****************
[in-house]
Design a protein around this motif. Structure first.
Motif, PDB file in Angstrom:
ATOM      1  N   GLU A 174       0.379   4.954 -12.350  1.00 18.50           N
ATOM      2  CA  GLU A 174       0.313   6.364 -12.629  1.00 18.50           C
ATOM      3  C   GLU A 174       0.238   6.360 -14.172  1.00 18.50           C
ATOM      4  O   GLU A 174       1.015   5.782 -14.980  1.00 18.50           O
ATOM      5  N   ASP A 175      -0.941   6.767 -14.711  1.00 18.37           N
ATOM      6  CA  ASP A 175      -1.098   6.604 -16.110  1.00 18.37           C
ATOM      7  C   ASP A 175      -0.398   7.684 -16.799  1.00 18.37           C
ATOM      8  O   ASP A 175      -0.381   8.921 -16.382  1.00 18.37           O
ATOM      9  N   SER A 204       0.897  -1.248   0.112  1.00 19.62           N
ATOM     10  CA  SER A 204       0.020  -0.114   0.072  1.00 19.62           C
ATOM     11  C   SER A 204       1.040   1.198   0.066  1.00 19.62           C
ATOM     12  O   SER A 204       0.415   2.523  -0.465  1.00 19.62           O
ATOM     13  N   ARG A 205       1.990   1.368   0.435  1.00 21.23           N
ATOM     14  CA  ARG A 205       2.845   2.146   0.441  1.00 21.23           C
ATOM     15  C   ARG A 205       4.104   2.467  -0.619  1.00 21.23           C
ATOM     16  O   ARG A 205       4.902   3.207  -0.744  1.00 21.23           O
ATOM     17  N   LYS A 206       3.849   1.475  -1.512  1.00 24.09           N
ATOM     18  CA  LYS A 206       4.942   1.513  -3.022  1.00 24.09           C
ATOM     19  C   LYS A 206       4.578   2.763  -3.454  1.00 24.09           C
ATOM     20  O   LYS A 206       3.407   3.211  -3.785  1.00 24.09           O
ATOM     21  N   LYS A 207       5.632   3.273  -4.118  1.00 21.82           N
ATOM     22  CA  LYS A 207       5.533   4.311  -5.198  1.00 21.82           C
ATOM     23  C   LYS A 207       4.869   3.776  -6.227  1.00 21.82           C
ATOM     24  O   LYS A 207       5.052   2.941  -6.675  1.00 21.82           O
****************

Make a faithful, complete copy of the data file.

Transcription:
[in-house]
Design a protein around this motif. Structure first.
Motif, PDB file in Angstrom:
ATOM      1  N   GLU A 174       0.379   4.954 -12.350  1.00 18.50           N
ATOM      2  CA  GLU A 174       0.313   6.364 -12.629  1.00 18.50           C
ATOM      3  C   GLU A 174       0.238   6.360 -14.172  1.00 18.50           C
ATOM      4  O   GLU A 174       1.015   5.782 -14.980  1.00 18.50           O
ATOM      5  N   ASP A 175      -0.941   6.767 -14.711  1.00 18.37           N
ATOM      6  CA  ASP A 175      -1.098   6.604 -16.110  1.00 18.37           C
ATOM      7  C   ASP A 175      -0.398   7.684 -16.799  1.00 18.37           C
ATOM      8  O   ASP A 175      -0.381   8.921 -16.382  1.00 18.37           O
ATOM      9  N   SER A 204       0.897  -1.248   0.112  1.00 19.62           N
ATOM     10  CA  SER A 204       0.020  -0.114   0.072  1.00 19.62           C
ATOM     11  C   SER A 204       1.040   1.198   0.066  1.00 19.62           C
ATOM     12  O   SER A 204       0.415   2.523  -0.465  1.00 19.62           O
ATOM     13  N   ARG A 205       1.990   1.368   0.435  1.00 21.23           N
ATOM     14  CA  ARG A 205       2.845   2.146   0.441  1.00 21.23           C
ATOM     15  C   ARG A 205       4.104   2.467  -0.619  1.00 21.23           C
ATOM     16  O   ARG A 205       4.902   3.207  -0.744  1.00 21.23           O
ATOM     17  N   LYS A 206       3.849   1.475  -1.512  1.00 24.09           N
ATOM     18  CA  LYS A 206       4.942   1.513  -3.022  1.00 24.09           C
ATOM     19  C   LYS A 206       4.578   2.763  -3.454  1.00 24.09           C
ATOM     20  O   LYS A 206       3.407   3.211  -3.785  1.00 24.09           O
ATOM     21  N   LYS A 207       5.632   3.273  -4.118  1.00 21.82           N
ATOM     22  CA  LYS A 207       5.533   4.311  -5.198  1.00 21.82           C
ATOM     23  C   LYS A 207       4.869   3.776  -6.227  1.00 21.82           C
ATOM     24  O   LYS A 207       5.052   2.941  -6.675  1.00 21.82           O